Texas Government Code, section 418.042, should be amended with a subsection explicitly provi ding that the State Emergency Management Plan shall establish priorities for restoring utility service. Alternatively, Section 418.047 should be broadened in scope to require the Emergency Management Division to develop and recommend to the Governor rules establishing priorities for restoration and provisioning of all utility services (telephone, electric, gas and water) after an emergency or disaster. Any legislation should make it clear that the governor and local political subdivisions have the sole auth ority to establish, maintain and enforce rules and priorities, through the state and local plans, rules or local ordinances.

The recommended legislation would make it clear that the Texas Disaster Act s delegation of responsibility to plan for and respond to emergencies includes the power to establish and enforce priorities for restoring and providing utility service after a disaster or emergency.

PUC s assertion of jurisdiction over this subject matter could result in conflicting requirements, rules and procedures if it implements the tariffs proposed by the telephone companies. Withou t this legislation, utilities may claim they need not comply with an order by local authorities or the Governor (issued under the Texas Disaster Act) to establish or reestablish service on a priority basis to a given location, if that location has not been assigned a TSP priority level. Instead, the utilities could claim that they must follow their state and federal tariffs and establish or reestablish service using TSP program priorities and only to those with TSP assignments. While it is likely that utilities would attempt to meet critical state needs in a disaster, the current system could cause confusion at a time when direct, unambiguous action would be at a premium.

The recommended legislation would ensure that those closest to the scene would be able to respond appropriately to disasters and emergencies and make ad hoc decisions as to which services or locations should be restored and in what order, subje ct to any plan they have implemented under the Texas Disaster Act.

The legislation would also avoid the possibility that state and local governments will be forced to pay up to 5 percent more than they currently pay for service as a result of having to secure TSP assignments and pay recurring and non-recurring charges in the telephone company tariffs.

Fiscal Impact
The proposed tariffs require state and local governments seeking to include lines in the plan to submit a request for each circuit to the Fed eral Emergency Management Agency (FEMA) for a TSP assignment. FEMA will decide whether to grant the assignment and what priority level is appropriate. If the requestor is dissatisfied with FEMA s decision, any appeal is to the FCC. Under this approach, sta te and local government will have to conduct a rigorous inventory of all existing and contemplated services and facilities, determine which of those are necessary in a disaster situation, complete the forms and submit them to a cumbersome and time-consumin g federal review. Although it is not possible to calculate the total administrative cost associated with participating in TSP, the process will be lengthy and burdensome for a determination that is essentially a state matter.

Once a TSP assignment is made, the requestor must pay a non-recurring charge of $65 per circuit per leg and a monthly charge of $4.10. 8~ For example, an agency with 200 voice lines that determines 50 of those are essential in a disaster situation will pay $3,250 in one-time charges an d $205 per month, or $2,460 annually. Agencies that have dedicated lines with multiple drops must pay the one-time and monthly charges for each drop.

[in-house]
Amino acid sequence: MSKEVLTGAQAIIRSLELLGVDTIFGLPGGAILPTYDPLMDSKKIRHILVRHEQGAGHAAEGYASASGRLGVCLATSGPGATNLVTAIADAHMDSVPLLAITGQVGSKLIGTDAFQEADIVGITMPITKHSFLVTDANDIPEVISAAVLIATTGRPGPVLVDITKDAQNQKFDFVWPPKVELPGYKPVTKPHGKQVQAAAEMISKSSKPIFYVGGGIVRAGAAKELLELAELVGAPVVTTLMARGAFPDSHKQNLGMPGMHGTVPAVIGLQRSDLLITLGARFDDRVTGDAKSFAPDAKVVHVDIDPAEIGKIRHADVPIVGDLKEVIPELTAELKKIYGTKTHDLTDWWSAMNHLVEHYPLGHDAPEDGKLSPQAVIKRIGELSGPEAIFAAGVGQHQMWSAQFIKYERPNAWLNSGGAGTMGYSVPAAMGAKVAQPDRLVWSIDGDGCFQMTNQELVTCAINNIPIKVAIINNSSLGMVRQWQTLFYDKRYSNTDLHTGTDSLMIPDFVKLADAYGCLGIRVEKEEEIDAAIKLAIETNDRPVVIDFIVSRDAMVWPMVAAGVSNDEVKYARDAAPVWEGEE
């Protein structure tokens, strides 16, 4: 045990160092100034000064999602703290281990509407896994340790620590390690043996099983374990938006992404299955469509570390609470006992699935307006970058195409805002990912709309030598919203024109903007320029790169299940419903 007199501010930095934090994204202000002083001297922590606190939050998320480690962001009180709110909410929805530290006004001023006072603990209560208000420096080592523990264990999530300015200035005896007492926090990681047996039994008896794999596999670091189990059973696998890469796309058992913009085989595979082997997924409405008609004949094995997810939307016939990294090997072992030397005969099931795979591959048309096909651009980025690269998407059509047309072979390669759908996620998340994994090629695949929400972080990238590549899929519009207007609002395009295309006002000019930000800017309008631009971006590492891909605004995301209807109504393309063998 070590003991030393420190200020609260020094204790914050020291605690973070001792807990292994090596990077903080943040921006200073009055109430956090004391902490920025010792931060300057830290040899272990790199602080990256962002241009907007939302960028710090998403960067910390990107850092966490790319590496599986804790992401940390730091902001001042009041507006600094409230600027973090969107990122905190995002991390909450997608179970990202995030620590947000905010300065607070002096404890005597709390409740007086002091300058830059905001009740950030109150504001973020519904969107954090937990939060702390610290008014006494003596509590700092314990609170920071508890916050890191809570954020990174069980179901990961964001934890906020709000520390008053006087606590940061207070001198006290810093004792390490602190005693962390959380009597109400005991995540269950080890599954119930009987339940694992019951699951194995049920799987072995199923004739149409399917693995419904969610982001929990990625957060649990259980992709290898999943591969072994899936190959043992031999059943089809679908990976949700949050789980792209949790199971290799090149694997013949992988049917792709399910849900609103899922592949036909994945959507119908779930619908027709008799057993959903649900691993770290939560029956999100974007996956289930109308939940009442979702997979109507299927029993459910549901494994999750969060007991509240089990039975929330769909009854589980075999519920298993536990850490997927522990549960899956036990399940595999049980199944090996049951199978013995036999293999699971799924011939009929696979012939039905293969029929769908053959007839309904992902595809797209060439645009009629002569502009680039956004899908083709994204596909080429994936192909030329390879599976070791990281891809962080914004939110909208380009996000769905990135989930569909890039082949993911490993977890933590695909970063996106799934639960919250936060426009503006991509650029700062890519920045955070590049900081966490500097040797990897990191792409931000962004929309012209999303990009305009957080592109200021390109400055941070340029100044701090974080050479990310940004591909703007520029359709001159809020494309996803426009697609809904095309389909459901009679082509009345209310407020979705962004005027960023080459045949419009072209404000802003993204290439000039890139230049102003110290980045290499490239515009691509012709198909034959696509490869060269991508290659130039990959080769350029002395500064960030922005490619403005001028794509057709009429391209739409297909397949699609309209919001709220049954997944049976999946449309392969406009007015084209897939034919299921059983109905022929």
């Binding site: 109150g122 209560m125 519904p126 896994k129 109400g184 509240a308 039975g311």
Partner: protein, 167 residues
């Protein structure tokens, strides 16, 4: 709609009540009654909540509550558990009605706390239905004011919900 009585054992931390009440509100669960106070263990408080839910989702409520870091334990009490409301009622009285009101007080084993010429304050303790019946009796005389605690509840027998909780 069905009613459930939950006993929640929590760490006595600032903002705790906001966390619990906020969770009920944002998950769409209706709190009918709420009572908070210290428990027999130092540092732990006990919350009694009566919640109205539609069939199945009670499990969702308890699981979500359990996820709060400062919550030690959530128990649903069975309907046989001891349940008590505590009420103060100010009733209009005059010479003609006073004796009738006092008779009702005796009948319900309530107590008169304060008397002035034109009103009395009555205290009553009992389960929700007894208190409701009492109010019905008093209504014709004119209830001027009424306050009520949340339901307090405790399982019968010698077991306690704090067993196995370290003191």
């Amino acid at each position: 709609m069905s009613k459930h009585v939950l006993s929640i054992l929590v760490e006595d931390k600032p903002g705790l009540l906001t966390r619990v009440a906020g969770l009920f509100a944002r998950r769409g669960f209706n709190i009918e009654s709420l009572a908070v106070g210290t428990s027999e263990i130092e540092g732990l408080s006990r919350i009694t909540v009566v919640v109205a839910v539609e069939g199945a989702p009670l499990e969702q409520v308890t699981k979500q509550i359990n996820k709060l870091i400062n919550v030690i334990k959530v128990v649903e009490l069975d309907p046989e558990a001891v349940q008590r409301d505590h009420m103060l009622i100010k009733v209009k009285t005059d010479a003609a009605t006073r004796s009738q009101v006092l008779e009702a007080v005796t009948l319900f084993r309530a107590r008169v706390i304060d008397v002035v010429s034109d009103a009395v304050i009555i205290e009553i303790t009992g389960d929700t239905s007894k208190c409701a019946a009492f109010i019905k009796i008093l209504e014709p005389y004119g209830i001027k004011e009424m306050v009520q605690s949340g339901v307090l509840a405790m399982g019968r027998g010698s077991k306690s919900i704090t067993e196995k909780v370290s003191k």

The total amount state and local government would have to pay to participate in TSP cannot be determined. The federal government has told its agencies and state and local entities to plan for a 5 percent increase in monthly telephone payments as a result o f TSP. According to data from the Comptroller s office, the state government (not the local subdivisions) spent $20.5 million annually in fiscal 1991 and 1992 for basic telephone service. 9~ A 5 percent increase to this amount would equal $1.03 million per year in higher annual payments and would only cover about 20,000 lines.

This estimate pertains only to the administrative fees for subscription to TSP. Subscription entitles the user to restoration in accordance with the user s priority level. If the user needs new lines after a disaster, which is common in a disaster, the telephone companies are allowed to assess a cost-based provisioning charge. This price, once quoted by a telecommunications company, is not negotiable, and any disputes over cost must be resolved by FCC.

In addition, TSP implies non-recurring charges estimated at $1.4 million. The Department of Information Resources estimates that the state currently uses over 260,000 basic voice lines. No estimate of the number of data lines or private voice lines is avai lable.

This legislation would avoid costs of $1 million per year in basic telephone service costs and the one-time charge of $1.4 million. The five-year cost avoidance total is estimated at $6.5 million. These estimates represent only state government lines and related costs. Local political subdivisions also would have disaster recovery responsibilities and additional costs, and 911 systems also will have to secure TSP assignments. No estimate of potential costs to local government or 911 systems can be made.

1 Tex. Gov t. Code, sec. 418.011. ch. 418 is the codification of the Texas Disaster Act of 1975, previously found in arts. 6889-6 and 6889-7 of Vernon s Civil Statutes.
2 Tex. Gov t. Code, sec. 418.002.
3 Tex. Gov t. Code, sec. 418.015-018, 418.042, and 418.047.
4 Tex. Gov t. Code, sec. 418.004.
5 See SWB proposed TSP tariff, PUC Docket 10094; GTE-SW proposed TSP tariff, PUC Docket 10109. Compare, $ 418.017, 418.018, 418.173. See also, Gov t. Code $ 411.009(d) [statutory priority level 1 for restoration of communications for law enforcement].
6 Tex. Gov t. Code, sec. 418.152-418.154.
7 Tex. Gov t. Code, sec. 411.009(d).
8 The prices listed are those proposed by Southwestern Bell (SWB) at the PUC. SWB serves more than 90 percent of the lines in Texas. GTE-SW, the second-largest intrastate company, has also filed a TSP tariff. Its proposed non-recurring charge is $14.50, and the monthly charge will be $4.90.
9 Comptroller of Public Accounts, Expenditures for Electric, Gas, Telephone Monthly and Long Distance and Water during Fiscal Years 1991 and 1992, Austin, Texas, November 13, 1992. (computer printout).